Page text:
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How Much Is an Average Down Payment on a House? According to a recent survey, the average down payment for a home was **between $10,000 and $15,000**, or about 5 percent-6 percent of the total purchase price for a typical US home, according to thelendersnetwork.com.

The average down payment in America is equal to about **6% of the borrower's loan value**. However, it's possible to buy a home with as little as 3% down depending on your loan type and credit score. You may even be able to buy a home with no money down if you qualify for a USDA loan or a VA loan.

Example. If the home price is $500,000, a **20%** down payment is equal to $100,000, resulting in a total mortgage amount of $400,000 ($500,000 - $100,000). The average down payment in the US is about 6% of the home value.

**Typically, mortgage lenders want you to put 20 percent down on a home purchase because it lowers their lending risk**. It's also a “rule” that most programs charge mortgage insurance if you put less than 20 percent down (though some loans avoid this).

If you make $3,000 a month ($36,000 a year), your DTI with an FHA loan should be no more than $1,290 ($3,000 x 0.43) — which means you can afford a house with a monthly payment that is **no more than $900 ($3,000 x 0.31)**. FHA loans typically allow for a lower down payment and credit score if certain requirements are met.

Mortgage amount: $200,000 — This example assumes you have no other debts or monthly obligations beyond your new housing costs, a **20%** down payment, and a good credit score. With that down payment, your $200,000 mortgage would buy you a home worth $250,000. Salary: $94,000 per year.

To purchase a $300K house, you may need to make **between $50,000 and $74,500 a year**. This is a rule of thumb, and the specific salary will vary depending on your credit score, debt-to-income ratio, the type of home loan, loan term, and mortgage rate.

You'll typically need **at least 3 percent of the purchase price of the home as a down payment**. Keep in mind that you'll need to put at least 20 percent down to avoid having to pay for mortgage insurance, however. Don't let the mortgage insurance cost scare you, though.

For starters, **you will need to have $10,000, which you will use for your down payment** and to cover the cost of your home inspection, the appraisal and a year's worth of homeowner's insurance. All of those other closing costs, escrows and everything else will get paid, but not by you.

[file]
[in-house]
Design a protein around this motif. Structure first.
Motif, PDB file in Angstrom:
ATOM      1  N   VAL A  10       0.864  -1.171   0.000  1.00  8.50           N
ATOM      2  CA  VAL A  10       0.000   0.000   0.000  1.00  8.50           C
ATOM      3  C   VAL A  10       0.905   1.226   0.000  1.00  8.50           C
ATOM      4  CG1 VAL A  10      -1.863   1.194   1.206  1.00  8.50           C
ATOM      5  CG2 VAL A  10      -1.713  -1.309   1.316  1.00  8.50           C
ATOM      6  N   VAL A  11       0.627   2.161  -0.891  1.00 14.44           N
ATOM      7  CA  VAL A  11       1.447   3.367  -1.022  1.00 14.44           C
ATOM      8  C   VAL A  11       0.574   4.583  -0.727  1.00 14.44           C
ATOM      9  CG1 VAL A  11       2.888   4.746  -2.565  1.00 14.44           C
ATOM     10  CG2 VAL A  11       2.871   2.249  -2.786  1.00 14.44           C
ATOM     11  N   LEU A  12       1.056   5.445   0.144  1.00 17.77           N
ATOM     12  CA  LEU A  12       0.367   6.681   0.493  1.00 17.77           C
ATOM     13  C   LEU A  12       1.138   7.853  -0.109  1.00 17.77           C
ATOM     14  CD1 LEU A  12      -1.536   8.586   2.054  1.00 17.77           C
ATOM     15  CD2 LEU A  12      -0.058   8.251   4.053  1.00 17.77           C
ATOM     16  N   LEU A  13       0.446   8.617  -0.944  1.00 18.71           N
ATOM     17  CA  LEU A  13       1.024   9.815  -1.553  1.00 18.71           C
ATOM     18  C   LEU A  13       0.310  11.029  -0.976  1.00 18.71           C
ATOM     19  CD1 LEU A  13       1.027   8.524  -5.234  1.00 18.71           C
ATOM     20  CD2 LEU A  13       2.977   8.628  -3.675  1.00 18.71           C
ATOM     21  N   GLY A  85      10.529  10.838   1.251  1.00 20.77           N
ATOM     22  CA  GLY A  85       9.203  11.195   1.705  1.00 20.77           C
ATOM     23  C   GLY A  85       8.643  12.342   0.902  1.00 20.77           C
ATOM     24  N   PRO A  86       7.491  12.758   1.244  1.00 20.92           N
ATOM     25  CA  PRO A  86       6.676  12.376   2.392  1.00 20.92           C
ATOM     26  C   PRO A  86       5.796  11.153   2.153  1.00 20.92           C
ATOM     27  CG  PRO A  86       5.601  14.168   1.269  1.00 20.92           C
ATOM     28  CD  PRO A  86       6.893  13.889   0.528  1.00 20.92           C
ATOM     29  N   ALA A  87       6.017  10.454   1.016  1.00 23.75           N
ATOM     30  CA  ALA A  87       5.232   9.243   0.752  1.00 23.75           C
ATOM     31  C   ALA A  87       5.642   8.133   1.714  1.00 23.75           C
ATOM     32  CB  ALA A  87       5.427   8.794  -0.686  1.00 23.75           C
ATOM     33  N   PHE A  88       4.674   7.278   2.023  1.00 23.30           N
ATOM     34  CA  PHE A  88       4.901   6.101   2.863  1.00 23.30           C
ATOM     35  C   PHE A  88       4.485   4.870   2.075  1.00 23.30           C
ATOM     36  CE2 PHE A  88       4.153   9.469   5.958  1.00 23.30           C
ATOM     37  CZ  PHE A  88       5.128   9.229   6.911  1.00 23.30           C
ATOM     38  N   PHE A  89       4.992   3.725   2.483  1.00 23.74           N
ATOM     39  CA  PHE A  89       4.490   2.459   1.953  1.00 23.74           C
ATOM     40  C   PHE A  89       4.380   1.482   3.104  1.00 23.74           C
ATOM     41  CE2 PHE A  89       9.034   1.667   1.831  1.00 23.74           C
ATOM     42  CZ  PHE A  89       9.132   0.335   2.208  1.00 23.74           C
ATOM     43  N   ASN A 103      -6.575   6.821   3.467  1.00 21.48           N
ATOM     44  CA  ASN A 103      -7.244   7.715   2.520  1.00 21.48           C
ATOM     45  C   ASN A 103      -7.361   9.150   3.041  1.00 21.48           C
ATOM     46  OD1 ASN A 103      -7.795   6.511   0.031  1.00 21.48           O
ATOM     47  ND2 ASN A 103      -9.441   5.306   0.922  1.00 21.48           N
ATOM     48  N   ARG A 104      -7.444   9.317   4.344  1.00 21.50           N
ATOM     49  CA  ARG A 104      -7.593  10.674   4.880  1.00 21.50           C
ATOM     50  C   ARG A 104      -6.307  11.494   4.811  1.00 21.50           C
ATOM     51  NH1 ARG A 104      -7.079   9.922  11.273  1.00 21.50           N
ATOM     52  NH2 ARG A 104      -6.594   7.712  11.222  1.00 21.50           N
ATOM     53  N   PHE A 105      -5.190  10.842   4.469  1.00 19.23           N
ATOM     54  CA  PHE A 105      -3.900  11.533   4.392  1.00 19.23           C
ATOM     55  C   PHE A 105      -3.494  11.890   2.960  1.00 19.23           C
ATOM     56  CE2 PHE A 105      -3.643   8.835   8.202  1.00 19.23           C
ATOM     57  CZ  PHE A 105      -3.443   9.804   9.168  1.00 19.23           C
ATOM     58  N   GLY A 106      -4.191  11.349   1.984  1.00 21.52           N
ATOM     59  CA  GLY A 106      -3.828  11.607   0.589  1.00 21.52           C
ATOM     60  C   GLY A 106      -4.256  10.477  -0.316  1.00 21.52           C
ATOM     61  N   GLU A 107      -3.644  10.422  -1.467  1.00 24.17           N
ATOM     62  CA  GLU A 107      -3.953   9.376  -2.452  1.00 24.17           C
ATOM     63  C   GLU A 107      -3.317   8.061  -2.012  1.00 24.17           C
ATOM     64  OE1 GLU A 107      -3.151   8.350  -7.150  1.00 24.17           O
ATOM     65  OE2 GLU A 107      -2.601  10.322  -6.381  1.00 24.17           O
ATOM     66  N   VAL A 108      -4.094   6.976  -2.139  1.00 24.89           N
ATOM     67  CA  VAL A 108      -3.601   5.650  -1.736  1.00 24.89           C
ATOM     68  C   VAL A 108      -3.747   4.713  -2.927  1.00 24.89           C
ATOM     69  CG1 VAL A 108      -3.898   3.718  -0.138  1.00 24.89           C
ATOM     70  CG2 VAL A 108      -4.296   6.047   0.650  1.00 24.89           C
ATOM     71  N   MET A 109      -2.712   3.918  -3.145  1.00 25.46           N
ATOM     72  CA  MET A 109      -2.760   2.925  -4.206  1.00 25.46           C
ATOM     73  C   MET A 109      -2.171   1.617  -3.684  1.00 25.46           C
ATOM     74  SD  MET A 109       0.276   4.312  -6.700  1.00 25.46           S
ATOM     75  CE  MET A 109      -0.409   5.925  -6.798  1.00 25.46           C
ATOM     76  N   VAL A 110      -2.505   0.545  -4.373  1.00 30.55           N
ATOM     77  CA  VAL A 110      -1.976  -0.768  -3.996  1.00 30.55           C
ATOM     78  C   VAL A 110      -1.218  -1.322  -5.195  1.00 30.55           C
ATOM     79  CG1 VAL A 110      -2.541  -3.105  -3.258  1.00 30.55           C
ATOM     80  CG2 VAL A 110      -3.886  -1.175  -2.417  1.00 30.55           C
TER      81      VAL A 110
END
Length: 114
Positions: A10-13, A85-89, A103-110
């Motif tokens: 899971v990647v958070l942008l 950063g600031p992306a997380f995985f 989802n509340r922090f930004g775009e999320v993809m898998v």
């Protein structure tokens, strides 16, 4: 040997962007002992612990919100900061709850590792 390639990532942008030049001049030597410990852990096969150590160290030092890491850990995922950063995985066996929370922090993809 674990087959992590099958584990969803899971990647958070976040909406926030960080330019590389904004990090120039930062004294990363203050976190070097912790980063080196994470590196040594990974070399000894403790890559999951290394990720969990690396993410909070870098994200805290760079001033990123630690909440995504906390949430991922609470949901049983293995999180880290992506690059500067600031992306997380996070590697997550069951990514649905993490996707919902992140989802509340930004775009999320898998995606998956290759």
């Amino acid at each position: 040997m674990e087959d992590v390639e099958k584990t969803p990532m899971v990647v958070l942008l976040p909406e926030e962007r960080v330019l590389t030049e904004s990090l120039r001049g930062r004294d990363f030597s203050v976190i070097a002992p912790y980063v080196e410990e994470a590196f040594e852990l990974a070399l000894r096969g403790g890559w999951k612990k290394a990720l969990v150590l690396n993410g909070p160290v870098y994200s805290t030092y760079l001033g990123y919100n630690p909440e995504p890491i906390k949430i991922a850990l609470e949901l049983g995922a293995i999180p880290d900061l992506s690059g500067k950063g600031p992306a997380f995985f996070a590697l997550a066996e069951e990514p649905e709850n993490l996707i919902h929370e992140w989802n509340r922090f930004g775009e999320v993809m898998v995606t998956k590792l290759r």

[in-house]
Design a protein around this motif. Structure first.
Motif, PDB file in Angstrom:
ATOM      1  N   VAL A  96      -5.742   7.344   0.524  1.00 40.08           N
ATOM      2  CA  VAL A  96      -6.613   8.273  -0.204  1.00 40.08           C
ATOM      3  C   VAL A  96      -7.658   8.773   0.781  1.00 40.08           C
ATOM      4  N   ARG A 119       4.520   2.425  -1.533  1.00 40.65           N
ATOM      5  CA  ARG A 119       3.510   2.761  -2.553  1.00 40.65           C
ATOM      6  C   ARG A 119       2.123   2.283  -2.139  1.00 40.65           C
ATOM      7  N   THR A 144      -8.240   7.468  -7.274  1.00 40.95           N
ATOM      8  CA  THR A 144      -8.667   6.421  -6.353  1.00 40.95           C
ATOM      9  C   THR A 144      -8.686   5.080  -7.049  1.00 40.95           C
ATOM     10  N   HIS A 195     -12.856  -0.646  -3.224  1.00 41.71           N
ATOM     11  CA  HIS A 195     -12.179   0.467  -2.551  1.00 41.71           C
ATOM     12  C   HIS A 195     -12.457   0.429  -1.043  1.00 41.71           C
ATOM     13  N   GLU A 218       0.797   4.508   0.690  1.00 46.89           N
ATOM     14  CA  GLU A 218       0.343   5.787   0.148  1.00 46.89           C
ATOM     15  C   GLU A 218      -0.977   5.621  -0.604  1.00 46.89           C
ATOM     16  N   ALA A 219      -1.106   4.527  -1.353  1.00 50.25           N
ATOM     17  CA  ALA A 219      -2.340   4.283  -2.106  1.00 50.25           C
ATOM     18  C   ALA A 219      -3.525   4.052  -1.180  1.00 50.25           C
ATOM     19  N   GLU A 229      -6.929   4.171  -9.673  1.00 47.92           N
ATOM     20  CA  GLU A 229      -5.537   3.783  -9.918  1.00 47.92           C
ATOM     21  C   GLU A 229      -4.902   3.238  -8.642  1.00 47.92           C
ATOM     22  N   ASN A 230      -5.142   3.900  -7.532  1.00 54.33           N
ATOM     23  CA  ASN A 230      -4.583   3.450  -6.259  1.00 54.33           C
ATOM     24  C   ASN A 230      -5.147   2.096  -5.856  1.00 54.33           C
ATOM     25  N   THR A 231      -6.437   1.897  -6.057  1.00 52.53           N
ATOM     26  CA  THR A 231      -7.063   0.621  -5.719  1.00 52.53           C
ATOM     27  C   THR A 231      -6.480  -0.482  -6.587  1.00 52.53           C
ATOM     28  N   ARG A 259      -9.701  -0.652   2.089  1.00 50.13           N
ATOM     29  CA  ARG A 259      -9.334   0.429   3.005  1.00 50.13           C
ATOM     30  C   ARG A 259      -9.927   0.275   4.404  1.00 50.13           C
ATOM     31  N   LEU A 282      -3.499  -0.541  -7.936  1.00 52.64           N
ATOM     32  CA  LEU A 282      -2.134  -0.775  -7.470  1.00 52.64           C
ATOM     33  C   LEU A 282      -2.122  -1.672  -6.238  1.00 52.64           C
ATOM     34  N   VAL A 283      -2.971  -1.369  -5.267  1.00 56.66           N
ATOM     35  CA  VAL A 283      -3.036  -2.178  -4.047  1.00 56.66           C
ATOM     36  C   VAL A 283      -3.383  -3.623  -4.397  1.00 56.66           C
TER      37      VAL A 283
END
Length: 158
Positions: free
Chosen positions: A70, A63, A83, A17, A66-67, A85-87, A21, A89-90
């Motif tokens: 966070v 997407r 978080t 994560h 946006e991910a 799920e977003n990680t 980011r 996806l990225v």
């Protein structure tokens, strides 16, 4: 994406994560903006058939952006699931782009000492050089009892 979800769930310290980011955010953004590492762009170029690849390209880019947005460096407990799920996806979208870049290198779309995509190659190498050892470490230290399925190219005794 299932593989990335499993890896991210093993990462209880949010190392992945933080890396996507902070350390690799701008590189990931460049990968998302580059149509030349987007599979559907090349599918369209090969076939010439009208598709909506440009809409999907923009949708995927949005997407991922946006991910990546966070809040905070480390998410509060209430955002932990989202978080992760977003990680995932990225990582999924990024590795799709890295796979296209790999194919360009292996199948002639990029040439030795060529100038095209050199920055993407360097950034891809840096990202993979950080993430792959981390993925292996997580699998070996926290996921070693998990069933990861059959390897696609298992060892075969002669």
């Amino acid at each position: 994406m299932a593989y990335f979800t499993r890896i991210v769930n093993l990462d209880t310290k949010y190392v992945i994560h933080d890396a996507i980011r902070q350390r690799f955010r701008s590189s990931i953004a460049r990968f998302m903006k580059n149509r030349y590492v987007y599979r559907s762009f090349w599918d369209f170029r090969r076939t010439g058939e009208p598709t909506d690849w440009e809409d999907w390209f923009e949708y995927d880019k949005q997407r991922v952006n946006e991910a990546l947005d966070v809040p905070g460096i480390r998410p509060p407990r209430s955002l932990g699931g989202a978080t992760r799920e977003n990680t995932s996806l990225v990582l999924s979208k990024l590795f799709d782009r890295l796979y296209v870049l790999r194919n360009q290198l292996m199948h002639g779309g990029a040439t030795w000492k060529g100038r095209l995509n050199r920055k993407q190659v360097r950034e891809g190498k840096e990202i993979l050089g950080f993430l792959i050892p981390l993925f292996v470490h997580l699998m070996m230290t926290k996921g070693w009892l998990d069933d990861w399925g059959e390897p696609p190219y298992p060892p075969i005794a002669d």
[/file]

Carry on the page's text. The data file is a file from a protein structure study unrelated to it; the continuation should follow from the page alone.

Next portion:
– Data from the Federal Reserve shows that the average American saves only **6% of his or her disposable income**. Assuming he or she earns the median household income, 6% would be roughly $300 per month, enough to buy a $100,000 home by 35 if he or she started saving at 28.

Conventional Loan Requirements

It's recommended you have a credit score of **620 or higher** when you apply for a conventional loan. If your score is below 620, lenders either won't be able to approve your loan or may be required to offer you a higher interest rate, which can result in higher monthly payments.

While buyers may still need to pay down debt, save up cash and qualify for a mortgage, the bottom line is that **buying a home on a middle-class salary is still possible — in some places**. Below, check out 15 cities where you can become a homeowner while earning $40,000 a year or less.

Although ranges vary depending on the credit scoring model, generally credit scores from 580 to 669 are considered fair; **670 to 739** are considered good; 740 to 799 are considered very good; and 800 and up are considered excellent.

Monthly payments on a $200,000 mortgage

At a 4% fixed interest rate, your monthly mortgage payment on a 30-year mortgage might total **$954.83 a month**, while a 15-year might cost $1,479.38 a month.

So, for this example you would type **=PMT(.** **05/12,60,200000)**. The formula will return $3,774. That's the monthly payment you need to make if you want to pay off your home mortgage of $200,000 at 5% over five years.

Based on a standard work week of 40 hours, a full-time employee works 2,080 hours per year (40 hours a week x 52 weeks a year). So if an employee earns $40,000 annually working 40 hours a week, they make about **$19.23 an hour** (40,000 divided by 2,080).

What is this? In the US, an annual salary **between $70,000 – $78,000 before tax ($5,800 – $6,500 monthly)** is considered to be a good wage in any state.

If you were to use the 28% rule, you could afford a **monthly mortgage payment of $700 a month** on a yearly income of $30,000. Another guideline to follow is your home should cost no more than 2.5 to 3 times your yearly salary, which means if you make $30,000 a year, your maximum budget should be $90,000.

How Much Should I Save If I Am a New Homeowner? Many financial experts suggest that new homeowners should be aiming to save **at least six to 12 months' worth of expenses** in liquid savings account for rainy days.

To find out how much car you can afford with this 36% rule, simply multiply your family's income by 0.36. So if you earn $100,000, for example, you could afford to take out a car loan of **up to $36,000** — assuming you don't have any other debt.

If you're single and make $35,000 a year, then you can probably afford only **about a $105,000** home.

While you don't need a perfect 850 credit score to get the best mortgage rates, there are general credit score requirements you will need to meet in order to take out a mortgage. Prospective home buyers should aim to have credit scores of **760 or greater** to qualify for the best interest rates on mortgages.

**700 is a good score** — and with a little effort, you should be able to find a mortgage lender who will give you a competitive rate and get you into the home you want.